(for the Day of Pentecost, Sunday, May 24, 2015)
‘When the Advocate comes, whom I will send to you from the Father, the Spirit of truth who comes from the Father, he will testify on my behalf. You also are to testify because you have been with me from the beginning…
‘I did not say these things to you from the beginning, because I was with you. But now I am going to him who sent me; yet none of you asks me, “Where are you going?” But because I have said these things to you, sorrow has filled your hearts. Nevertheless, I tell you the truth: it is to your advantage that I go away, for if I do not go away, the Advocate will not come to you; but if I go, I will send him to you. And when he comes, he will prove the world wrong about sin and righteousness and judgement: about sin, because they do not believe in me; about righteousness, because I am going to the Father and you will see me no longer; about judgement, because the ruler of this world has been condemned.
‘I still have many things to say to you, but you cannot bear them now. When the Spirit of truth comes, he will guide you into all the truth; for he will not speak on his own, but will speak whatever he hears, and he will declare to you the things that are to come. He will glorify me, because he will take what is mine and declare it to you. All that the Father has is mine. For this reason I said that he will take what is mine and declare it to you. (John 15:26-27 & 16:4b-15, NRSV).
In a court of law, an ‘advocate’ is one who joins with and testifies alongside one who is accused. The two become a team witnessing together.
According to Jesus advocacy is the role of the coming ‘Spirit of truth’. So much so that Jesus names this third member of the God-head ‘the Advocate’.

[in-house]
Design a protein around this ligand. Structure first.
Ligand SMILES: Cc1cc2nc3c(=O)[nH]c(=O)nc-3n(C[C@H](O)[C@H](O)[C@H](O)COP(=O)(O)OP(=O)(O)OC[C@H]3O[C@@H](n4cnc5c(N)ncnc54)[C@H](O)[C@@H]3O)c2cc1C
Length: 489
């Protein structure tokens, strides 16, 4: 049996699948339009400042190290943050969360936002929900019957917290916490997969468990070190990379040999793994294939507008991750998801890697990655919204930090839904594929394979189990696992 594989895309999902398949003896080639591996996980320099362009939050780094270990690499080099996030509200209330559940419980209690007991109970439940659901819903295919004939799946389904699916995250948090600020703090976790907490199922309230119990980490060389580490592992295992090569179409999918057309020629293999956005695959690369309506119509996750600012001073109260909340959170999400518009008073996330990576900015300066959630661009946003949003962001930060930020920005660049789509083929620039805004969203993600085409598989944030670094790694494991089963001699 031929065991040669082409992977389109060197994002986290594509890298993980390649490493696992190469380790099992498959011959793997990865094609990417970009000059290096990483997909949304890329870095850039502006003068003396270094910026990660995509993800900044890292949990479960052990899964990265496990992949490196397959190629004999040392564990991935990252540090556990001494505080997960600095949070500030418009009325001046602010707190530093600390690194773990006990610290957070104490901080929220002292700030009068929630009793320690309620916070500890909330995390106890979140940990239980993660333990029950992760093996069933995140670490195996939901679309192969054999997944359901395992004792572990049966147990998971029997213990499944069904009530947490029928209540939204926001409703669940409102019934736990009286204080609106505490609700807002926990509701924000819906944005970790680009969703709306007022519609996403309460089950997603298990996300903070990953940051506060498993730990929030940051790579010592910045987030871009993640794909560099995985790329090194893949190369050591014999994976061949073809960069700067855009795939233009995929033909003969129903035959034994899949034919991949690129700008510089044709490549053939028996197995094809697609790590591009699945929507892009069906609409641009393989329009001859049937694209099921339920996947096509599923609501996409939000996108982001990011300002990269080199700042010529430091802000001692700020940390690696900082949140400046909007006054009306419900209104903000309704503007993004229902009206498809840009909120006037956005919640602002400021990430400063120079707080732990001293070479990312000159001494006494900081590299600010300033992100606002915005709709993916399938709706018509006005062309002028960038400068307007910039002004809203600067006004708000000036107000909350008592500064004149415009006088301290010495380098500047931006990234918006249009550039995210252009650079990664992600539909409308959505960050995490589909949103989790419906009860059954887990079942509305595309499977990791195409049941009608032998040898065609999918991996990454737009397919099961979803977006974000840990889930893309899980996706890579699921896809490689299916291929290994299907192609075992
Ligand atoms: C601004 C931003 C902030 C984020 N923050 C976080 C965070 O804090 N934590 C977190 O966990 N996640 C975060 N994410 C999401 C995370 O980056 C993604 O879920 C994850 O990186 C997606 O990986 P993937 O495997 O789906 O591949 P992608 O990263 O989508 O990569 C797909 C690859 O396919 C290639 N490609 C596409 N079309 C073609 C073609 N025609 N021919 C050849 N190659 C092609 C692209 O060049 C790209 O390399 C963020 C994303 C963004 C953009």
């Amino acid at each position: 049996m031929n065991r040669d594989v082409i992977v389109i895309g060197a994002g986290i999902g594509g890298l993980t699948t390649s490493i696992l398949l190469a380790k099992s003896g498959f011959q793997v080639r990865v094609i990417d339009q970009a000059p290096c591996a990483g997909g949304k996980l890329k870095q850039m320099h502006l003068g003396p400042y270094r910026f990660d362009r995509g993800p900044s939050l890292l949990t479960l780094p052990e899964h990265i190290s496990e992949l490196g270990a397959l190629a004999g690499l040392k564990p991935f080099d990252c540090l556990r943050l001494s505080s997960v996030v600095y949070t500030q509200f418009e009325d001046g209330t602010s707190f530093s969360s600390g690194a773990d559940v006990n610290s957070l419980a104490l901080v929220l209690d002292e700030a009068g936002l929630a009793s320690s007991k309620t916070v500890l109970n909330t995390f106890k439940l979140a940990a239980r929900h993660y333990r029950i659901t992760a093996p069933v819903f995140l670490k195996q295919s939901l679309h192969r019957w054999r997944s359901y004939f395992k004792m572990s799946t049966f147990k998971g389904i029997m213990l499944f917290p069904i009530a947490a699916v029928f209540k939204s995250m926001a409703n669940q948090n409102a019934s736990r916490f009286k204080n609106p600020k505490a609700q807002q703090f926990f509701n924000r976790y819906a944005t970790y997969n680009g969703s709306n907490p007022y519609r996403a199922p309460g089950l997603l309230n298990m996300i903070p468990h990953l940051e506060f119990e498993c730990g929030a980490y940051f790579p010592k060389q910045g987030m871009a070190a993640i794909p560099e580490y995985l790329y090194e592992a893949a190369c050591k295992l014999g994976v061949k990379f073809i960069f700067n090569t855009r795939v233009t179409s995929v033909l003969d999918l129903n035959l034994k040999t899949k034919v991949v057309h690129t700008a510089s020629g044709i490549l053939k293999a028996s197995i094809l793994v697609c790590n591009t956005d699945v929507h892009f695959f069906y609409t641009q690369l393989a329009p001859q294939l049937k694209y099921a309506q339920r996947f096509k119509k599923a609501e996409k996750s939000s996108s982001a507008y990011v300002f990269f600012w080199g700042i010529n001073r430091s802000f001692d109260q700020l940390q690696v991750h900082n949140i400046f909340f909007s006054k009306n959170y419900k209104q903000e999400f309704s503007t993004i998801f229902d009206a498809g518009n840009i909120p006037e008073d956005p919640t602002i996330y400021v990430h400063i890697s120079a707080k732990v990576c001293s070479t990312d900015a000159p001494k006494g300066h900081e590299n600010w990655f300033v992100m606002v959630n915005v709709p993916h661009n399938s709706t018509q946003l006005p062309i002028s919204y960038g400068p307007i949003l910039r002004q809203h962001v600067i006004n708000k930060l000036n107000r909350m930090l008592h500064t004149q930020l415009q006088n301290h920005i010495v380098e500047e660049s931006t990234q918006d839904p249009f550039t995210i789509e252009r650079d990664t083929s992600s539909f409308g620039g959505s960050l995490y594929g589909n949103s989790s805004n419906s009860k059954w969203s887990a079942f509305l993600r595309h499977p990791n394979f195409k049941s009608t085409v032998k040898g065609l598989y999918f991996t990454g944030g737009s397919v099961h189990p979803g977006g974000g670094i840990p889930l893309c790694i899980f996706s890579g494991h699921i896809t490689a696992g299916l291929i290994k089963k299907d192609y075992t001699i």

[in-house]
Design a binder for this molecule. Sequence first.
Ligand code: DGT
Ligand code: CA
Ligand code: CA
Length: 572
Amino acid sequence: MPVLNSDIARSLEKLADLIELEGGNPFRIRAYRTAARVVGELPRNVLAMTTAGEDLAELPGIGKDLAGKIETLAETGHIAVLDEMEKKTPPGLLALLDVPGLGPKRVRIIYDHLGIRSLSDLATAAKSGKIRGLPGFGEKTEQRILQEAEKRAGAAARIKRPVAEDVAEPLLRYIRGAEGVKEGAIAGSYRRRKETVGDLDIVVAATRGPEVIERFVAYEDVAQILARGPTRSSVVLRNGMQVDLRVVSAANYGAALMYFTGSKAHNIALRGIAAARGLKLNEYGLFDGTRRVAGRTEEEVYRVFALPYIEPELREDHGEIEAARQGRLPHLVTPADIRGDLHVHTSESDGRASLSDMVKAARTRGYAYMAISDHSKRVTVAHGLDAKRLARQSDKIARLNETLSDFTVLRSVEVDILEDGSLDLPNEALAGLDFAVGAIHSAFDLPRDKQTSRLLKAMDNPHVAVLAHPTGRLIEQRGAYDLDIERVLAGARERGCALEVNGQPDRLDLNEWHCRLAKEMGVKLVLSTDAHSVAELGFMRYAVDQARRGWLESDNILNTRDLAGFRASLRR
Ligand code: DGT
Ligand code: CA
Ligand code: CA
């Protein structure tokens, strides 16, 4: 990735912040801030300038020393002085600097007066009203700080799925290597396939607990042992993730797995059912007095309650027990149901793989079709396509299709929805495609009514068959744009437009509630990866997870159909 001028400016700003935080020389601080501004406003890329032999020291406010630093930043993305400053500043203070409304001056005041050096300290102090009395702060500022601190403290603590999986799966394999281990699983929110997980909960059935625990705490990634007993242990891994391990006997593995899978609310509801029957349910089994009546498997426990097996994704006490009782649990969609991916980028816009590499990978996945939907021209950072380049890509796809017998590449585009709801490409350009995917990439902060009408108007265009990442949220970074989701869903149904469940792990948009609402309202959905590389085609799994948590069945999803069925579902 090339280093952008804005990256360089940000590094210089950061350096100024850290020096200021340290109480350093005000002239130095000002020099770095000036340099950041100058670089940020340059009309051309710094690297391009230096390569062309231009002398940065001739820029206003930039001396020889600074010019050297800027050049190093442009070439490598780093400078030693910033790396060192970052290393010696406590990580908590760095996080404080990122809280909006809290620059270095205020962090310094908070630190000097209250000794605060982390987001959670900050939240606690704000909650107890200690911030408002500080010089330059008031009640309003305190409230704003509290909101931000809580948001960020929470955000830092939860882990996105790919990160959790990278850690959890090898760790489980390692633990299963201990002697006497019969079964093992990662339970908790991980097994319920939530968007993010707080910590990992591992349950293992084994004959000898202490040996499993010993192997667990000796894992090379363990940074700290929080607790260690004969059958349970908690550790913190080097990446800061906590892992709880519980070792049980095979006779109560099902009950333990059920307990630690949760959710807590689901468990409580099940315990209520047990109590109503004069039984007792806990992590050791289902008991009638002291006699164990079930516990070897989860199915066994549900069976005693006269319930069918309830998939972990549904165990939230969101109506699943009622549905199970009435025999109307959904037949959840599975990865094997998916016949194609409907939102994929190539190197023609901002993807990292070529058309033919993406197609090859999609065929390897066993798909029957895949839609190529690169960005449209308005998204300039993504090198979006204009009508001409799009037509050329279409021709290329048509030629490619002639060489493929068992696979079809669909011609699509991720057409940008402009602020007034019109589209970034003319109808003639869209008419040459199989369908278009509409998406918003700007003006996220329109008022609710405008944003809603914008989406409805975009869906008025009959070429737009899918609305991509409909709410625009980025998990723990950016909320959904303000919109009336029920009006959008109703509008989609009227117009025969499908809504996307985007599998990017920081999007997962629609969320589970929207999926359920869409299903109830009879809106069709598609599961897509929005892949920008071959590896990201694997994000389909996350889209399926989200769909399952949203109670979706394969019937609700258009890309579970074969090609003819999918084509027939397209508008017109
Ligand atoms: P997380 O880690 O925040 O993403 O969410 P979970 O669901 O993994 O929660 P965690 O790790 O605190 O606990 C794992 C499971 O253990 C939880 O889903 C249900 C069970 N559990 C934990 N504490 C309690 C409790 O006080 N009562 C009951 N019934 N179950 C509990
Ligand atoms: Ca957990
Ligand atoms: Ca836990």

It is impossible to testify to the work of Jesus alone. There is always a divine witness alongside. This is the kind of thought that should dramatically empower our mission. We are never isolated or alone as we testify to the work of God.
Yet this aloneness is exactly what the disciples fear. Jesus is making noises about going. The disciples are so filled with sorrow at this prospect that they don’t even ask the obvious: ‘Where are you going?’ It is left to Jesus to point this out!
Yet Jesus sees his leaving as – of all things – an ‘advantage’. His arrival in heaven will signal the release, the sending, of the Spirit into the world.
And in every situation you find yourself this Spirit is already at work.
And his job: to ‘…prove the world wrong about sin, righteousness, and judgment’. I guess we often get these things wrong!
Here, however, a true understanding of each of these is found in relation to the person of Jesus. Sin and faith are linked; righteousness and Jesus’ place alongside the Father; judgment and Jesus overcoming of the evil one.
Who could honestly address personal and corporate sin without trusting the one who so generously forgives? Who could accept Jesus’ declaration of our ‘righteousness’ without seeing him enthroned alongside the Father? I would rather be judged by Jesus than an undefeated ‘evil one’.
Jesus is certainly right to say that the Advocate will ‘testify on my behalf’. This is a telling of the great story of Jesus!
This ‘Spirit of truth’ will keep the teaching, guiding, truth-revealing work of Jesus going. He is Jesus’ mouthpiece loose in the world. A continuation of the work of Jesus.
What a tragedy if we leave the ministry of Jesus in ancient history. Though the wild, loose, Spirit of truth Jesus ministry is surely broader and deeper than ever before.
This Pentecost may you encounter again Jesus’ promised Advocate!